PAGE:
Newspaper article International Herald Tribune

Bail Granted in SAC Insider Trading Case

Newspaper article International Herald Tribune

Bail Granted in SAC Insider Trading Case

Article excerpt

Prosecutors have accused Mathew Martoma of using secret information about a drug trial to help SAC Capital Advisors gain profits and avoid losses totaling $276 million.

Mathew Martoma, the former SAC Capital Advisors employee at the center of what the U.S. government calls the most lucrative insider trading case ever brought, has appeared in U.S. District Court in New York to face the charges against him.

U.S. prosecutors have accused Mr. Martoma, 38, of having used secret information about a drug trial to help SAC gain profits and avoid losses totaling $276 million. Three former SAC employees have already pleaded guilty in connection with unrelated illegal trading at the firm, but Mr. Martoma's case is the first time that the government has aimed to connect questionable trades to Steven A. Cohen, the billionaire founder of SAC, one of the world's most powerful hedge funds.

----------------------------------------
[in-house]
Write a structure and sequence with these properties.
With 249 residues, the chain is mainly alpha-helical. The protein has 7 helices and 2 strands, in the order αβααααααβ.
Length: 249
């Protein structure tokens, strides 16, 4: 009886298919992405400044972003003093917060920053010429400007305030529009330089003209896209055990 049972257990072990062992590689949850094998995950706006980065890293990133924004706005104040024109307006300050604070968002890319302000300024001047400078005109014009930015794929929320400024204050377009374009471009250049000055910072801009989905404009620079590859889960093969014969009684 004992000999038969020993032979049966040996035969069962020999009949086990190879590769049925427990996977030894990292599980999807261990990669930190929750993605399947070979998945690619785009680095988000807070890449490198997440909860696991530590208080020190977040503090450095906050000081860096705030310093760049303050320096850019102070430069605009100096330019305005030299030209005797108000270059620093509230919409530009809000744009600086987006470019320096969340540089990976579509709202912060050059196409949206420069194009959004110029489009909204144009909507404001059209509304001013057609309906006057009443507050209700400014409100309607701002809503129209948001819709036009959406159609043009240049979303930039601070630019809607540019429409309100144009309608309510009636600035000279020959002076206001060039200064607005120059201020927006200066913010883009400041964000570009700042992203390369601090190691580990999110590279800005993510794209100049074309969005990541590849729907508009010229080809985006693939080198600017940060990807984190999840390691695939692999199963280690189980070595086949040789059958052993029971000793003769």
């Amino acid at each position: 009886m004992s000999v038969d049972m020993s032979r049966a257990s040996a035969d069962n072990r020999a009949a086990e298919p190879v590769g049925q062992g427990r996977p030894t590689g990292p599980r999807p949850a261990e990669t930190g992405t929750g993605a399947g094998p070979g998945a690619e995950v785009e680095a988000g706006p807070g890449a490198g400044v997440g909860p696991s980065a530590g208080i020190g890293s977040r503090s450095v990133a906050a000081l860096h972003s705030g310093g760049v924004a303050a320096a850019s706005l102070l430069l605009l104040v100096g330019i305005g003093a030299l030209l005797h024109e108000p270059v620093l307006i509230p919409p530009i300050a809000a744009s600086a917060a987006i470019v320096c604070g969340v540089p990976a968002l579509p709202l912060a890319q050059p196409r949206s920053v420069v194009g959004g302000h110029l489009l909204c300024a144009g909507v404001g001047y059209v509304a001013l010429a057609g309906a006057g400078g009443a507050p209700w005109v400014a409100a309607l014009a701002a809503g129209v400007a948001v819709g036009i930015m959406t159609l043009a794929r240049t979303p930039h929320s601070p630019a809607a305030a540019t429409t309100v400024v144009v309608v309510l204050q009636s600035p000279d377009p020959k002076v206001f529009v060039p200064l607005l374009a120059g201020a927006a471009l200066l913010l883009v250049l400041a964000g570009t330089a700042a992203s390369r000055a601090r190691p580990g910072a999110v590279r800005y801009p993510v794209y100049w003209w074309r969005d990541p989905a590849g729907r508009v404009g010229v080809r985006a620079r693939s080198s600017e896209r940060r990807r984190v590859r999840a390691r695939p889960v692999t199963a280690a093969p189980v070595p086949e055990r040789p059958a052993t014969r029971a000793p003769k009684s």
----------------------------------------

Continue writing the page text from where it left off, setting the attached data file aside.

Mr. Cohen has not been accused of wrongdoing and, through his spokesman, has said that he acted appropriately at all times. Prosecutors have not said that Mr. Cohen was in possession of any inside information related to Mr. Martoma's trades.

Mr. Martoma appeared before Magistrate Judge James L. Cott. Square-jawed, lean and with close-cropped hair, Mr. Martoma sat at a table flanked by his lawyers, with his wife, Rosemary, seated in the spectators' gallery. Judge Cott informed Mr. Martoma of his rights as a criminal defendant and freed him on $5 million bail. His next court appearance is scheduled for Dec. 26.

F.B.I. agents arrested Mr. Martoma at his home in Boca Raton, Florida, on Nov. 20 at 6:30 a.m. The government charged him via a criminal complaint instead of using a grand jury indictment, a tactic that suggests prosecutors were trying to secure Mr. Martoma's cooperation in its investigation of Mr. Cohen and SAC.

Charles A. Stillman, Mr. Martoma's lawyer, declined to comment after the hearing. Last week, he said that he expected his client to be exonerated.

The government says that Mr. …

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